Could I put a DI box between my amplifier and my guitar cabinet, and then run the DI signal in to my USB interface? Or would that create issues? I'm using a Michael Kelly guitar, through a Bugera 333xl head in to a Bugera cab.

  • I would only say to be a little careful with Tube Amplifiers. I have a Krank amp-head and the manual clearly says not to operate it wihtout connecting a cabinet load. I don't think the DIs are capable of providing matching impedence as a cabinet speaker.
    – user13042
    Feb 24, 2015 at 18:27

3 Answers 3


Not with any old DI box. The signal going from the power amp section of your guitar amp, to your speaker cabinet, is HIGH POWER. Face-melting type of power. Most DI boxes cannot handle this kind of power and you will melt them in an instant trying to run them between your power amp and your speaker cabinet.

There is a notable exception: the Palmer PDI-09 The Junction. This DI box is specifically designed to go between your amplifier and your speaker cabinet and provide a line-level signal of your power amp's output. Suitable for running in to a USB audio interface or a mixing desk.

It also has a switch that can apply some simple equalization to the signal (the Bright and Mellow settings) so you could use this in place of a microphone to run your signal to FoH.

With the PDI-09 you still have to run your speaker cabinet -- your power amp doesn't see any load when it's just connected to the PDI-09. You need your cabinet attached as well or you'll risk damaging your power amp.

If you want to be able to run your amplifier without even attaching a speaker cabinet take a look at the Palmer PGA-04 or Palmer PDI-03 -- both of these can act as DIs like the PDI-09, but they also contain active, dummy loads that allows them to dissipate all that power your power amplifier is pushing at it. So you can run without a speaker cabinet and record your guitar head completely silently.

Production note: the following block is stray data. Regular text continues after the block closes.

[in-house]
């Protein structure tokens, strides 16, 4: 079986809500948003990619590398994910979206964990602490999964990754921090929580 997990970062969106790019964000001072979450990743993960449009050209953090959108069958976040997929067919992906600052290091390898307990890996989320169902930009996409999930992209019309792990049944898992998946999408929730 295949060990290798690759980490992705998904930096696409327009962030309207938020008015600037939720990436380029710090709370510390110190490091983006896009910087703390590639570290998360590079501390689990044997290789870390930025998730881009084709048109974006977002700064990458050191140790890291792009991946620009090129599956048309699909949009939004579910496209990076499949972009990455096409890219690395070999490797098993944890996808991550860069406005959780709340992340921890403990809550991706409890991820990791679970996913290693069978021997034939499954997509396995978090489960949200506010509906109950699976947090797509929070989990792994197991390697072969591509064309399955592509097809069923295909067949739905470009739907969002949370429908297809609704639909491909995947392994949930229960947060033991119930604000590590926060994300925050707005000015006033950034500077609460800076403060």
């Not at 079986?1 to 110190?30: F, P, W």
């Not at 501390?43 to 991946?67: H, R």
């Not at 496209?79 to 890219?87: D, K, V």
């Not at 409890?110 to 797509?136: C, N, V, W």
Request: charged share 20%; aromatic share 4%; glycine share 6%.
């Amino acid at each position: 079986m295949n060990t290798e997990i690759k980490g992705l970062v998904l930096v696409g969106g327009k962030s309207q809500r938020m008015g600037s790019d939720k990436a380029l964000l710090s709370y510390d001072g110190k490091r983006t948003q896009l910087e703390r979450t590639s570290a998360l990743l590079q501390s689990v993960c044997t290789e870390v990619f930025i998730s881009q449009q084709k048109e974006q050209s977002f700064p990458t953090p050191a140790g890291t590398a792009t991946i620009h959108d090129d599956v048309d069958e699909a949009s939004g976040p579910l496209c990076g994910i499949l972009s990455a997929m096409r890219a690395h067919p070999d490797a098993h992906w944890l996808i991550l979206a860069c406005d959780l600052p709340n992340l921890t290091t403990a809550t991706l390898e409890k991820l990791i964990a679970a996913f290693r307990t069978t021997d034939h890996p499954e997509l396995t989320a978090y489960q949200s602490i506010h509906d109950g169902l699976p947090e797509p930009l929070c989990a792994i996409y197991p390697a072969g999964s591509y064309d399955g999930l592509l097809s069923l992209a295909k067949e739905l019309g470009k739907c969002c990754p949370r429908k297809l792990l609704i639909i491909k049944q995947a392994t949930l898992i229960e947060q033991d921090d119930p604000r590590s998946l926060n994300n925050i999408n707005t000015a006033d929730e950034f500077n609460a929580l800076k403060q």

+1 to Ian's answer above. However, if you're able to come out of your effects loop on either your pedal board or on your amplifier (or if you have a DL4 or some other effect that has a stereo out) then you can just use the input at the DI there.

From there, run the thru side of the DI box back to complete your FX loop and the XLR side to the recording device.

Update: Diagram

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  • This can work but understand that it's not quite the same thing as what you'd get with a Palmer unit. Your effects loop is pre-power amp. You're only getting your preamplifier signal with this approach. The Palmer gives you the post-power amp signal, same as your speaker cabinet sees. They sound can be quite different betwen the two tap points.
    – Ian C.
    Mar 6, 2011 at 16:17
  • i am not looking to have the DI box go between the Cab and the Head, i just am wanting to go from the Head, into the DI box, into my audio interface.
    – user514
    Mar 10, 2011 at 15:24
  • Does your head have an FX loop on it?
    – philwinkle
    Mar 10, 2011 at 18:44
  • yes it does have an effects loop
    – user514
    Mar 24, 2011 at 14:34
  • See my update for a diagram of how it should be set up to achieve the 'amp' sound at the correct impedance for recording. This allows you to capture the amp and effects prior to recording without having to use a microphone on the speaker and without purchasing a special DI that can bear speaker load.
    – philwinkle
    Mar 24, 2011 at 15:09

Look for a Box that has two 1/4" jacks (marked "IN" and "OUT") and a pad switch (0/-10db/-20db). I use one of these when a guest sets up their own system and I want a mix into my system for remote speakers or recording a video. I grab the (amplified) line to one of their kickers and route it through the box (IN/OUT), pad it, and run the balanced output to my board. It should work the same way between your guitar head and speaker.

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